Power outage halts NASA launch to Pluto


CAPE CANAVERAL, Fla. – For the second day in a row yesterday, NASA scrubbed the launch of an unmanned spacecraft on a nine-year voyage to Pluto – this time, because a storm in Maryland knocked out the power at a laboratory that will operate the probe.

NASA officials planned to make a third attempt to launch the New Horizons probe today after electricity was restored to the lab.

High winds at the launch pad kept the spacecraft from lifting off Tuesday, the first day the launch window opened.

Scientists have been working 17 years on the mission, and they were unfazed by the back-to-back postponements.

“Two or three days doesn’t mean a hill of beans,” said Alan Stern, principal investigator for the mission.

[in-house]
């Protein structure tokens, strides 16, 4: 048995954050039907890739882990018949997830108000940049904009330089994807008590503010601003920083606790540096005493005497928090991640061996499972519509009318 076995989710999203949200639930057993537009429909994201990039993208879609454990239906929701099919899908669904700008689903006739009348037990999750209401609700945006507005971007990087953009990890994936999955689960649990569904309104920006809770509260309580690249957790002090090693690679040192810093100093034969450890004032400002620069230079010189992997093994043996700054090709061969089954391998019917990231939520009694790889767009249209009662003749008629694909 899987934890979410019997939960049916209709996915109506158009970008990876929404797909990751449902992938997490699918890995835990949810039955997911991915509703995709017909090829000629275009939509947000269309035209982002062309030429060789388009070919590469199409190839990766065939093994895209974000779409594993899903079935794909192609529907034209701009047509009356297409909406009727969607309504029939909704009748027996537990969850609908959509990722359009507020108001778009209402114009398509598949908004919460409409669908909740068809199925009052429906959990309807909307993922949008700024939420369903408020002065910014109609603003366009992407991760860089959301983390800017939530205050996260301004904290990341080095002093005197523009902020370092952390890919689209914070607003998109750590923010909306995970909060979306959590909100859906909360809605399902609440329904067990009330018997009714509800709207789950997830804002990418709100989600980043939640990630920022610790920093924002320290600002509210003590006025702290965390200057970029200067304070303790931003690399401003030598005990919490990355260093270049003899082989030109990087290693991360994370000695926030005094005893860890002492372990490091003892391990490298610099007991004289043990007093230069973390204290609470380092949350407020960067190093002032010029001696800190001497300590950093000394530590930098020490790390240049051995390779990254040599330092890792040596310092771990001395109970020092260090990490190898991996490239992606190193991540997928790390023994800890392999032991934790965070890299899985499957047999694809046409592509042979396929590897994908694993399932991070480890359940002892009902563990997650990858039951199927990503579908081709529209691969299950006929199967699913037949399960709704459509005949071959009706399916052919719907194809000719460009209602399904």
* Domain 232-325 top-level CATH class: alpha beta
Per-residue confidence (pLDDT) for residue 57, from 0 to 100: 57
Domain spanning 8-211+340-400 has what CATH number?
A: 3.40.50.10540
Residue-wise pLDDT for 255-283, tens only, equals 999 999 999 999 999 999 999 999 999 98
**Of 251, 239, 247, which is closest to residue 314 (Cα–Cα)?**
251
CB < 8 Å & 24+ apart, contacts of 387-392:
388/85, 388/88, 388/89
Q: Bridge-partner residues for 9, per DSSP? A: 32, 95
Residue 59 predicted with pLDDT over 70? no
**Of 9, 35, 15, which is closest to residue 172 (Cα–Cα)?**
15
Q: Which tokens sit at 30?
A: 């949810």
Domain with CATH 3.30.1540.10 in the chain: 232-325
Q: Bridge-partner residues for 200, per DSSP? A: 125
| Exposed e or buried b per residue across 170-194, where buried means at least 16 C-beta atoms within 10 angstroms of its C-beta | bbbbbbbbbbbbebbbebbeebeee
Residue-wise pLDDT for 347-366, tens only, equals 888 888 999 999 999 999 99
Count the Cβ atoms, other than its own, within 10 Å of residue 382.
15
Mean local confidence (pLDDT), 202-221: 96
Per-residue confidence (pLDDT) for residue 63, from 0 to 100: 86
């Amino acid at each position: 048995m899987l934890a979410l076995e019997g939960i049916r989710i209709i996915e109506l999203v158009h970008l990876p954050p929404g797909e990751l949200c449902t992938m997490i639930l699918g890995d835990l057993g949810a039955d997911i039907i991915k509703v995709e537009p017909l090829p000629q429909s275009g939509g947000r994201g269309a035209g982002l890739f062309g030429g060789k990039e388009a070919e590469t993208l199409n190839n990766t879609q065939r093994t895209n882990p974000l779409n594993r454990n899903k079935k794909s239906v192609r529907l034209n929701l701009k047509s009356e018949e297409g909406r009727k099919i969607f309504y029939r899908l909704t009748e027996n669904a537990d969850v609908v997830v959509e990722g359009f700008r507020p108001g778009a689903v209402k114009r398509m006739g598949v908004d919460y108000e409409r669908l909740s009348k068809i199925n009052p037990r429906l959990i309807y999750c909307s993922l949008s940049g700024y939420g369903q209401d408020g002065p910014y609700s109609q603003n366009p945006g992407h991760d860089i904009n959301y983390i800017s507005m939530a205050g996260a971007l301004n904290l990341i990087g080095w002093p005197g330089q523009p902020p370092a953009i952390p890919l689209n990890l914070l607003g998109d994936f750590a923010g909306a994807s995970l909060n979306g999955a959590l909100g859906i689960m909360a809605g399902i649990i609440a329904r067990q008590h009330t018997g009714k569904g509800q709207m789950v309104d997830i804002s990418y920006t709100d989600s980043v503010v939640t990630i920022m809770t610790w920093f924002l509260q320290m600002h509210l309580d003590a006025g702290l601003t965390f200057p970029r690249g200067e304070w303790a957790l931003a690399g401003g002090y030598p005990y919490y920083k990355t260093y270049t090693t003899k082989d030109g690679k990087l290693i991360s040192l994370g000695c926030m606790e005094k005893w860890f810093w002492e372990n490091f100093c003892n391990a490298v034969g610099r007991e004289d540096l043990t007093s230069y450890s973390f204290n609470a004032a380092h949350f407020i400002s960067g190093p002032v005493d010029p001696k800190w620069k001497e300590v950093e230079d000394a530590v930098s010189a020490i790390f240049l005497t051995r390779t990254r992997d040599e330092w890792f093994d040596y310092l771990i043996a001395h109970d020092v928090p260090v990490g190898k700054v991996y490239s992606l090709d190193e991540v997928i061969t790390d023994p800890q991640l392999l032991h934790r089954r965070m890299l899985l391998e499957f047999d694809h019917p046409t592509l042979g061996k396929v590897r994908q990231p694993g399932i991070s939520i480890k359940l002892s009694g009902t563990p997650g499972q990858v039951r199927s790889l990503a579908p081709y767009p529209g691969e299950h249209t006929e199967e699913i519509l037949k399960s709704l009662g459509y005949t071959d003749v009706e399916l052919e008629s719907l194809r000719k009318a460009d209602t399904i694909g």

A storm in Laurel, Md., knocked out power early yesterday at the John Hopkins University Applied Physics Laboratory.

“The air conditioning was off. The flight controllers were sitting there wiping sweat,” Stern said. “If they were dealing with any spacecraft issues, which first day out of the box a lot of spacecraft have, you can’t concentrate like that.”

The space agency has until mid-February to send the spacecraft on its way, but a launch in January would allow the spacecraft to use Jupiter’s gravity to shave five years off the 3-billion-mile trip, allowing it to arrive as early as July 2015.

The spacecraft is about the size and shape of a concert piano. It will study Pluto as well as the frozen, sunless reaches of the solar system known as the Kuiper Belt. Scientists believe that studying the region’s icy, rocky objects can shed light on how the planets formed.